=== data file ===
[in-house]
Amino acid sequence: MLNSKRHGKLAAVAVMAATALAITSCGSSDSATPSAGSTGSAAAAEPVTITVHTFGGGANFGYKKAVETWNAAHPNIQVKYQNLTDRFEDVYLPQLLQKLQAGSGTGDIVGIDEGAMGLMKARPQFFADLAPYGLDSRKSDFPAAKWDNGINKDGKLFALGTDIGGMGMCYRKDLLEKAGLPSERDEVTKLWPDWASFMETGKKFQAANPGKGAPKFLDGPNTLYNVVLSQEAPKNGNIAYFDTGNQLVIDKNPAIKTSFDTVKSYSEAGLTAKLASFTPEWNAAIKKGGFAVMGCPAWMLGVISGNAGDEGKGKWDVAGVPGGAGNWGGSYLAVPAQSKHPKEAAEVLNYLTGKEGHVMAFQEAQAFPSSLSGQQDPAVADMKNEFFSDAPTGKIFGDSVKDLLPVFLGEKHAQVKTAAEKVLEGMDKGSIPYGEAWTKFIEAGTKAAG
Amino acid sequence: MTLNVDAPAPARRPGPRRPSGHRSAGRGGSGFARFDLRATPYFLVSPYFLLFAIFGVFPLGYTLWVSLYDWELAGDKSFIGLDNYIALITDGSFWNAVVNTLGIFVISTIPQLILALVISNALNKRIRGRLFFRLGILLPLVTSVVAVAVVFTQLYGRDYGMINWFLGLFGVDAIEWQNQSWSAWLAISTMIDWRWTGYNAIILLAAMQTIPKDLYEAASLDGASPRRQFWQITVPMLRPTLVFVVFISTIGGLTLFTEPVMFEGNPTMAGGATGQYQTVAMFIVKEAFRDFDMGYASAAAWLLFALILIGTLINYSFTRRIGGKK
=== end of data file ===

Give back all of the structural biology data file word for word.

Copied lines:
[in-house]
Amino acid sequence: MLNSKRHGKLAAVAVMAATALAITSCGSSDSATPSAGSTGSAAAAEPVTITVHTFGGGANFGYKKAVETWNAAHPNIQVKYQNLTDRFEDVYLPQLLQKLQAGSGTGDIVGIDEGAMGLMKARPQFFADLAPYGLDSRKSDFPAAKWDNGINKDGKLFALGTDIGGMGMCYRKDLLEKAGLPSERDEVTKLWPDWASFMETGKKFQAANPGKGAPKFLDGPNTLYNVVLSQEAPKNGNIAYFDTGNQLVIDKNPAIKTSFDTVKSYSEAGLTAKLASFTPEWNAAIKKGGFAVMGCPAWMLGVISGNAGDEGKGKWDVAGVPGGAGNWGGSYLAVPAQSKHPKEAAEVLNYLTGKEGHVMAFQEAQAFPSSLSGQQDPAVADMKNEFFSDAPTGKIFGDSVKDLLPVFLGEKHAQVKTAAEKVLEGMDKGSIPYGEAWTKFIEAGTKAAG
Amino acid sequence: MTLNVDAPAPARRPGPRRPSGHRSAGRGGSGFARFDLRATPYFLVSPYFLLFAIFGVFPLGYTLWVSLYDWELAGDKSFIGLDNYIALITDGSFWNAVVNTLGIFVISTIPQLILALVISNALNKRIRGRLFFRLGILLPLVTSVVAVAVVFTQLYGRDYGMINWFLGLFGVDAIEWQNQSWSAWLAISTMIDWRWTGYNAIILLAAMQTIPKDLYEAASLDGASPRRQFWQITVPMLRPTLVFVVFISTIGGLTLFTEPVMFEGNPTMAGGATGQYQTVAMFIVKEAFRDFDMGYASAAAWLLFALILIGTLINYSFTRRIGGKK